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Stuffing the arms

Discussion in 'Puppet Building and Performing' started by Sidebottom, Nov 28, 2003.

  1. Sidebottom

    Sidebottom Member

    Hey everybody. I've got a bit of a problem; maybe someone out there can help me.

    I'm working on a puppet right now for a film I want to make. Its head is one of those styrofoam heads they use in displays in stores. Its body is a kid-sized long-sleeved t-shirt with holes cut in the elbows.

    The idea is that I wear this thing over my head, with the styrofoam head sitting on top of my head, and then my arms stretch up over my head, and go through the holes in the elbows so my hands come out the ends of the sleeves -- giving the puppet "live hands".

    Can you picture it? :)

    Okay, so here's my problem. Right now, when I wear it, the puppet's chest and upper arms are empty, so they just sag and flop around. I need to find some way to stuff them. But if I just stuff them, that will just fill out the shape of the shirt -- it won't make it look like it's a real person. Because the illusion I want to create (if possible) is for it to look like a real person with real hands and a styrofoam head -- and I want people to say "How did he do that?" :)

    So. Does anyone have any suggestions as to how I can go about filling in the chest, shoulders, and upper arms in a way that doesn't make it just look like a stuffed shirt? What materials should I use? etc.

    Many, many thanks in advance to anyone who can help me with this.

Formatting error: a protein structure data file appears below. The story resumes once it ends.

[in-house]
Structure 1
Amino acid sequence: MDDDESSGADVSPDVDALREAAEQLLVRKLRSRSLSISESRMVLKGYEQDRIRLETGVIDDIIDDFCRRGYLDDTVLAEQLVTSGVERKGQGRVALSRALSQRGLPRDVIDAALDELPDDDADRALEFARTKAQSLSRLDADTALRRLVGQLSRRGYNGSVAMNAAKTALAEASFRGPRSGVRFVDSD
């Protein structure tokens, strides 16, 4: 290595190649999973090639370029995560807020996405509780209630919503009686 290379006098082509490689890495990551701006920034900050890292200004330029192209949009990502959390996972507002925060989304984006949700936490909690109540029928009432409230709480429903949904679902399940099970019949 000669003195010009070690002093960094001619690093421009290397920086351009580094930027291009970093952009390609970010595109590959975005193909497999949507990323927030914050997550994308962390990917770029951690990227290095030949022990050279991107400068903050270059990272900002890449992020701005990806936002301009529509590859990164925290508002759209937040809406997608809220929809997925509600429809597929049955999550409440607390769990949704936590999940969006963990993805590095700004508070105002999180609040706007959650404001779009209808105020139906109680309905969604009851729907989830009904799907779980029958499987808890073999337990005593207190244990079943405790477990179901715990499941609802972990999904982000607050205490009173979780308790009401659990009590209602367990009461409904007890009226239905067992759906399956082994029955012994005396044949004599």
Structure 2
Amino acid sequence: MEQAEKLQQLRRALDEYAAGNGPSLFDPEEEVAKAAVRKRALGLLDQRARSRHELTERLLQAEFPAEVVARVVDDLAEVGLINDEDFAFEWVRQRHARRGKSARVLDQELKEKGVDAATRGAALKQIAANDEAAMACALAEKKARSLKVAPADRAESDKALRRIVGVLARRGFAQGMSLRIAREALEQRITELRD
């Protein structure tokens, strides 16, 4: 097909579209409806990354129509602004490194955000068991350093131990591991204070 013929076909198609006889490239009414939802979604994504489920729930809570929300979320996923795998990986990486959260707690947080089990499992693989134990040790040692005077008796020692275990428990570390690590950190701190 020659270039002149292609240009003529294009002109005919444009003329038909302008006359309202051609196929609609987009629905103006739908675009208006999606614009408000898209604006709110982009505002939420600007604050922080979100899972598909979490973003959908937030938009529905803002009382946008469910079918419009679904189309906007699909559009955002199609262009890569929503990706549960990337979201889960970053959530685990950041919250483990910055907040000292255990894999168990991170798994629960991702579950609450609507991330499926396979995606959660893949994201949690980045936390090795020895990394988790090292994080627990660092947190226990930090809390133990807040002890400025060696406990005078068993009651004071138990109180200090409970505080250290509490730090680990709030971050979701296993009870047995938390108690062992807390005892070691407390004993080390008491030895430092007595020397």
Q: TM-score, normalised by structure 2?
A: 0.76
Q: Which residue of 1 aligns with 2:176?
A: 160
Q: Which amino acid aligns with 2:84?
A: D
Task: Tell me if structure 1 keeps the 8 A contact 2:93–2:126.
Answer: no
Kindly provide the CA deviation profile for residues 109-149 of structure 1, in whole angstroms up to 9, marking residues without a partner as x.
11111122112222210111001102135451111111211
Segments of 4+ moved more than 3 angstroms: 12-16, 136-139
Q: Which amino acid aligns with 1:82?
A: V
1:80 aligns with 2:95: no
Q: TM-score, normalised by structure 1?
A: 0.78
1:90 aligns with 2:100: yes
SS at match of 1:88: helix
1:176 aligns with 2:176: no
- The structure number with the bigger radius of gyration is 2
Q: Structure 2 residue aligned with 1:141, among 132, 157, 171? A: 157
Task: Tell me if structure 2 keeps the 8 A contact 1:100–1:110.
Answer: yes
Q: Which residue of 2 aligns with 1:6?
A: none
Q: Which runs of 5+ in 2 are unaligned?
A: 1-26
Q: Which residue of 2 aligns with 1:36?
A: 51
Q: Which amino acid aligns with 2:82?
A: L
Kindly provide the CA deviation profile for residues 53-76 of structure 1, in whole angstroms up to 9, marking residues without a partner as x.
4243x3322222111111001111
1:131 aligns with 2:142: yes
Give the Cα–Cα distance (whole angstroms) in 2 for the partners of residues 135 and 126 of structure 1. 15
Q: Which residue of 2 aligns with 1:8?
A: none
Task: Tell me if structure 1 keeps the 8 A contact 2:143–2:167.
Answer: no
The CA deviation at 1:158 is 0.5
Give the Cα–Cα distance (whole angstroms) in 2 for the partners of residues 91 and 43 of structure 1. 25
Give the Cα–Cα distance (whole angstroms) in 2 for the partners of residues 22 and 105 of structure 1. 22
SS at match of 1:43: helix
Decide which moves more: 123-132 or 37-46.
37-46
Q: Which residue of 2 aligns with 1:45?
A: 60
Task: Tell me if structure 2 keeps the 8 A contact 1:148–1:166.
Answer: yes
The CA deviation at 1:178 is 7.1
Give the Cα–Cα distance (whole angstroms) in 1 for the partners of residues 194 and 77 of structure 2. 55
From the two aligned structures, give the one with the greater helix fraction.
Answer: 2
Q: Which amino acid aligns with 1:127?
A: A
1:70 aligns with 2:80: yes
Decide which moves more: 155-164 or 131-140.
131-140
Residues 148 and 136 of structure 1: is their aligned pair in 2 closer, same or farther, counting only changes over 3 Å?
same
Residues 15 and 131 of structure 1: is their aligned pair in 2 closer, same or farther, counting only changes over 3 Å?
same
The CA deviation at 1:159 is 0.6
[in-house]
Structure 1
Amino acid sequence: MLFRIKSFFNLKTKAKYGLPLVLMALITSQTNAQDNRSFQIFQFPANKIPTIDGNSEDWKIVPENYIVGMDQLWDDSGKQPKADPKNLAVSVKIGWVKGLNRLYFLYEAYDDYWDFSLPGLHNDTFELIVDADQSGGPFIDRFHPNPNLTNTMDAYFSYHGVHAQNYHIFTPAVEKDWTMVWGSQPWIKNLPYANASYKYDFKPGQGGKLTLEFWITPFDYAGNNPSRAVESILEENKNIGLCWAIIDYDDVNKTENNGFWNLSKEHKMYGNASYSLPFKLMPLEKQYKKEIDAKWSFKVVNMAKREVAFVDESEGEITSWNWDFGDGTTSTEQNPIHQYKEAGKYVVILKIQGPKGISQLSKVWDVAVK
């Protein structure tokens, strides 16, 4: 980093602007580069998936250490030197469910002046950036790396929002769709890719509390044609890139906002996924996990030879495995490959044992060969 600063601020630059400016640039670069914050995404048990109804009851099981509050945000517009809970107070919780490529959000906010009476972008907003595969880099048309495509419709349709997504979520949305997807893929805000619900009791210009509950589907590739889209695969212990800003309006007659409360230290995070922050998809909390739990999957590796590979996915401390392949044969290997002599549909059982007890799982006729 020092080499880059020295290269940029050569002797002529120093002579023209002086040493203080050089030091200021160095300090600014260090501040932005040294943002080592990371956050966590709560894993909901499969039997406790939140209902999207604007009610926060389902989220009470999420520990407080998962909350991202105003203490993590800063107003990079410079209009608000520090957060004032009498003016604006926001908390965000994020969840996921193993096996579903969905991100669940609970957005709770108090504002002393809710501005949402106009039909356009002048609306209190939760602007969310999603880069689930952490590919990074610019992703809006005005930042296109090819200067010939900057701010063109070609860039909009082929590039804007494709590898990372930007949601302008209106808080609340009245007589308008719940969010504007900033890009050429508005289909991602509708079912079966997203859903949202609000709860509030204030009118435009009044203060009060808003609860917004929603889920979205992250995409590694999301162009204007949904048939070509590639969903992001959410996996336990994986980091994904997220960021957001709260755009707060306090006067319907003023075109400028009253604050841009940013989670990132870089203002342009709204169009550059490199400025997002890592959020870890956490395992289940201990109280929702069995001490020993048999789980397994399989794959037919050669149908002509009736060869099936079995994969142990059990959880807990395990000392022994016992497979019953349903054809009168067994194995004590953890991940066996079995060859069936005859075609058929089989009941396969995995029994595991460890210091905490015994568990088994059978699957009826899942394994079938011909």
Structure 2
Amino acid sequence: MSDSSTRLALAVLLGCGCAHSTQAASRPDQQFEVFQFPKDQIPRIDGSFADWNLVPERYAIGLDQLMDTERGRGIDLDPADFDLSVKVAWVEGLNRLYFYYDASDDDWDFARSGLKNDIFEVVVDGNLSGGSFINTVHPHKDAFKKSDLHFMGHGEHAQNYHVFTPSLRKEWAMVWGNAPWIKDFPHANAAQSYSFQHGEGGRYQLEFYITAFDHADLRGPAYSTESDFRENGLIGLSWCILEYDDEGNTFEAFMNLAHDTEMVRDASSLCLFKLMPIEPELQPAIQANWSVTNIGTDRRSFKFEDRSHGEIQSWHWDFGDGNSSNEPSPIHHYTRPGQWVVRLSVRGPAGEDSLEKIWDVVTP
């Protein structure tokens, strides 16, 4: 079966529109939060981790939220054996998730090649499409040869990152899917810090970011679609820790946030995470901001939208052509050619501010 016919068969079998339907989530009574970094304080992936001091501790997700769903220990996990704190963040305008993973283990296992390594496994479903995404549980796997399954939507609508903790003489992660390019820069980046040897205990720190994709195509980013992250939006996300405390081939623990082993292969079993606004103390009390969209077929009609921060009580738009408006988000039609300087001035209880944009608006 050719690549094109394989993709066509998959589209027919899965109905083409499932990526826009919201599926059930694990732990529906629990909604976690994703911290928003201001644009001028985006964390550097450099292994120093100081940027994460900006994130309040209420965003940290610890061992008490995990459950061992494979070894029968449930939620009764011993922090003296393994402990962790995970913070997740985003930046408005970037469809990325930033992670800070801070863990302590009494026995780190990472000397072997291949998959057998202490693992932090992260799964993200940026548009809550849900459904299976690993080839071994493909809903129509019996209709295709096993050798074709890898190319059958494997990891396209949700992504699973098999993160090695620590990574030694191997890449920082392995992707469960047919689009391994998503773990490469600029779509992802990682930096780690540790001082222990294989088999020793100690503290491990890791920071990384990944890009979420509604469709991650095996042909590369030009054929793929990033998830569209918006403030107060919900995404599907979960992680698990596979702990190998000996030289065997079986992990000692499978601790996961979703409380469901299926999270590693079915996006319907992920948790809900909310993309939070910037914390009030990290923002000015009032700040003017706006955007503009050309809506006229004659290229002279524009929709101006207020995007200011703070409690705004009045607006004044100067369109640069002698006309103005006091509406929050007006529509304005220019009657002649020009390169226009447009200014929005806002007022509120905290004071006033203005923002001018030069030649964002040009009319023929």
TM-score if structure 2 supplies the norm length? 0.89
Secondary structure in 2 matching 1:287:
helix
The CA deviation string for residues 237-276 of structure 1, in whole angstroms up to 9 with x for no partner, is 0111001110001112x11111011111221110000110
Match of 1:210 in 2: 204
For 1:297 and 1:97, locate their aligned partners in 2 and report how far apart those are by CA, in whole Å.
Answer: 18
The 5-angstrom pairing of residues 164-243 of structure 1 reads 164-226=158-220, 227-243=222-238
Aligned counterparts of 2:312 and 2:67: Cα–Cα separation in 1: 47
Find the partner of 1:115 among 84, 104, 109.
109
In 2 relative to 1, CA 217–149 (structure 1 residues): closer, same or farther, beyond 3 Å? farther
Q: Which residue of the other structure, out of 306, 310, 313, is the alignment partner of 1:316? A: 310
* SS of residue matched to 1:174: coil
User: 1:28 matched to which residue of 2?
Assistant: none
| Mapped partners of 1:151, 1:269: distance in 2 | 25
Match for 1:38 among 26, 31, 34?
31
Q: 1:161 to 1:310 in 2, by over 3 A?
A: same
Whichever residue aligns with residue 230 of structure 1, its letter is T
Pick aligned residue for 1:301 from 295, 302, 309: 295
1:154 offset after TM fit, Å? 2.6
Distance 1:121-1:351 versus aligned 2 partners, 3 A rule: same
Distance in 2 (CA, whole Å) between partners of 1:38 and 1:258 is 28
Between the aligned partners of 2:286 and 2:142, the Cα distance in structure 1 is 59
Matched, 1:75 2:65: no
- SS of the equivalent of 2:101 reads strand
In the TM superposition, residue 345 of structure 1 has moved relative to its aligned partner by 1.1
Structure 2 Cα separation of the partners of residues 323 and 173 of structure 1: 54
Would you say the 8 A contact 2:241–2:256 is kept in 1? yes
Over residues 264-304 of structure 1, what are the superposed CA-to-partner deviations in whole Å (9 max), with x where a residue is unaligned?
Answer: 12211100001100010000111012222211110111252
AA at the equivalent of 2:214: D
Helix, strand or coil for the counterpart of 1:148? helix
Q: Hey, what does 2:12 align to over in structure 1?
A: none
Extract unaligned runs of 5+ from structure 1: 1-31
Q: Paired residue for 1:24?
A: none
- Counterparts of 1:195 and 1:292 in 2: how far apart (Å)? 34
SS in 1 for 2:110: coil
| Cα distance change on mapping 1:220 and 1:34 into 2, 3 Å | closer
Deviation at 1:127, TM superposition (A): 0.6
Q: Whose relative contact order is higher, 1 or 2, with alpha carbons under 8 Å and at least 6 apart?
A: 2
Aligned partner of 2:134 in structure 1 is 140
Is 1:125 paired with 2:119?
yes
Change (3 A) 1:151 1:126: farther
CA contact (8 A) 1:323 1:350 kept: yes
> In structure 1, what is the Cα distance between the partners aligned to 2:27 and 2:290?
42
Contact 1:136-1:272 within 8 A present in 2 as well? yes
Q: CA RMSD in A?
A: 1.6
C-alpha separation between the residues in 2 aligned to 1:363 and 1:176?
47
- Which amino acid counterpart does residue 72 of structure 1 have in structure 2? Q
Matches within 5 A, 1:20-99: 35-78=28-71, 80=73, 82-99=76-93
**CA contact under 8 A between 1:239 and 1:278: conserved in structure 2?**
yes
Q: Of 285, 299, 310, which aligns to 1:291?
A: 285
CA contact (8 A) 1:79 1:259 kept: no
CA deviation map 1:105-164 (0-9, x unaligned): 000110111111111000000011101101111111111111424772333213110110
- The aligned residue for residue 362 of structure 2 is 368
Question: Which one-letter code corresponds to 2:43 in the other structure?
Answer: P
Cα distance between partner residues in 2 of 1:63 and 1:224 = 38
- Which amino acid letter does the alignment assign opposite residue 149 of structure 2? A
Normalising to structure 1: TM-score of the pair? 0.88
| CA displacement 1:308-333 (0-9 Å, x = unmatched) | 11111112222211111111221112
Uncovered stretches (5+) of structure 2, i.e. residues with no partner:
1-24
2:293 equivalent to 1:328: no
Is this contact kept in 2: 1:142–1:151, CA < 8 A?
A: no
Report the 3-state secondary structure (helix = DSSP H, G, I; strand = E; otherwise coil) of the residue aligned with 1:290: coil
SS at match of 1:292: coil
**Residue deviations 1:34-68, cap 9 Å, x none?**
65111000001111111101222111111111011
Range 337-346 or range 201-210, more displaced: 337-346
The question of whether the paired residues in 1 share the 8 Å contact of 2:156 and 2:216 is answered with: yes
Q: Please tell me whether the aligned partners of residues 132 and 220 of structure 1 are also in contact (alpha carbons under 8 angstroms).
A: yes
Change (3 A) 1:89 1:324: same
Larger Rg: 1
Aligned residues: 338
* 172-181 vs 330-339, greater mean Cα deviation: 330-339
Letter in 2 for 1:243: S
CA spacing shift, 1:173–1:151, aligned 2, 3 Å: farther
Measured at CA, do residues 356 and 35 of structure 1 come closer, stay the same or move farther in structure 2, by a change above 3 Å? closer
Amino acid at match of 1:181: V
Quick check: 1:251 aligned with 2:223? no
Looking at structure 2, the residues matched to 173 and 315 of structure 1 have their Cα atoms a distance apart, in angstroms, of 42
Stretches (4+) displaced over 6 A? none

Puppetry forever,
    -Sidebottom

    "Armwires? Arm...wires? That's ridiculous! Do you see any armwi-- ah... Never mind." --Gonzo
  2. Jinx

    Jinx Member

    I used a somewhat similar technique to make a "Ghost of Christmas Future" for a production of "A Christmas Carol".

    A lot will have to do with the draping characteristics of the fabric. I imagine that your T-shirt is fairly form-fitting, which will actually make your job harder. The cloak of the ghost was much more forgiving. We made a wire form shoulder and head piece that was fastened to a bike helmet which was worn on the head of the performer. It was made of a thin but stiff wire, and if you can imagine it, it looked rather like a warped bird cage. The fabric was stitched to the frame in a few key places to keep it from slipping off, but still allowed it to move rather freely.

    The advantage of this over a stuffed form, is that stuffing tends to have a rather "bulgy" look to it, whereas the wire form can be controled a bit more and is also fairly easy to reshape and fine-tune on set. Its also much lighter weight.

    Hope this helps!
  3. Sidebottom

    Sidebottom Member

    That's fantastic!!! Thank you so much!!!

    (Of course, if anyone else has suggestions too, I'd be happy to hear those as well.)

    Awesome!
    -Sidebottom
  4. Buck-Beaver

    Buck-Beaver Well-Known Member

    Another option would be to make a body shape from sheets of foam, much like you would make a puppet head.


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